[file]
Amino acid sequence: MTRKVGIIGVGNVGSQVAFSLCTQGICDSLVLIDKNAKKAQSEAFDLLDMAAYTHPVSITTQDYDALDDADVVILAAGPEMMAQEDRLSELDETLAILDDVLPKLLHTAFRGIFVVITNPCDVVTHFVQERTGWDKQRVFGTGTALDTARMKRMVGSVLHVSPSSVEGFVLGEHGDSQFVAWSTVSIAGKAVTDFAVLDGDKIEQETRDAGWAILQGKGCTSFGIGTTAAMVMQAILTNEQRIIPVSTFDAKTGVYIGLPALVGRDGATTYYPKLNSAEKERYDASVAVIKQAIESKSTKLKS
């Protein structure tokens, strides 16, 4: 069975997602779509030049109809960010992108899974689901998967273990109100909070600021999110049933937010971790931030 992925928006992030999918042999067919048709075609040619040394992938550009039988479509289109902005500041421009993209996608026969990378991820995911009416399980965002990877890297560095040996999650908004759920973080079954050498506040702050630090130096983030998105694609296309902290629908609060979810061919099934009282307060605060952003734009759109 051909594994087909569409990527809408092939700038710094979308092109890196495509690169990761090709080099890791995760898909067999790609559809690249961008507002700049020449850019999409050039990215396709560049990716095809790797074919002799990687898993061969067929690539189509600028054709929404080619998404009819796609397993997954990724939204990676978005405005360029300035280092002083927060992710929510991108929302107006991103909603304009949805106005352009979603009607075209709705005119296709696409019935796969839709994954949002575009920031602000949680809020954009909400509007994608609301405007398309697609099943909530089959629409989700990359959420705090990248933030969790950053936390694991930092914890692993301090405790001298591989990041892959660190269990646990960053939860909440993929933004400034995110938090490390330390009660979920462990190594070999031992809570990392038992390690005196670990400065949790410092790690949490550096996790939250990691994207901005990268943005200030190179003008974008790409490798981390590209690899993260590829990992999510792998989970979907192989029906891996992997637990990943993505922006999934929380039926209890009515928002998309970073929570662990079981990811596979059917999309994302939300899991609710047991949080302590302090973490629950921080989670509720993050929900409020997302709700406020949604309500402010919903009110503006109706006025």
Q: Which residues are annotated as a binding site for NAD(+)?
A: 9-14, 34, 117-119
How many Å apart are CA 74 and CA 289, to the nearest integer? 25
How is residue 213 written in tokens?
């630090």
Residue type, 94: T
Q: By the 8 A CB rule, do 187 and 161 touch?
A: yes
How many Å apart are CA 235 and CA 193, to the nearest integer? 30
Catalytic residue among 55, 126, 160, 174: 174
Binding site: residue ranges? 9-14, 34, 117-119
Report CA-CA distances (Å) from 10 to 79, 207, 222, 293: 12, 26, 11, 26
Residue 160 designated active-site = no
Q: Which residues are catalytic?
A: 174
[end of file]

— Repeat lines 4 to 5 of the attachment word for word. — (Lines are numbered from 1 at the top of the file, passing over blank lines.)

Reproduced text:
A: 9-14, 34, 117-119
How many Å apart are CA 74 and CA 289, to the nearest integer? 25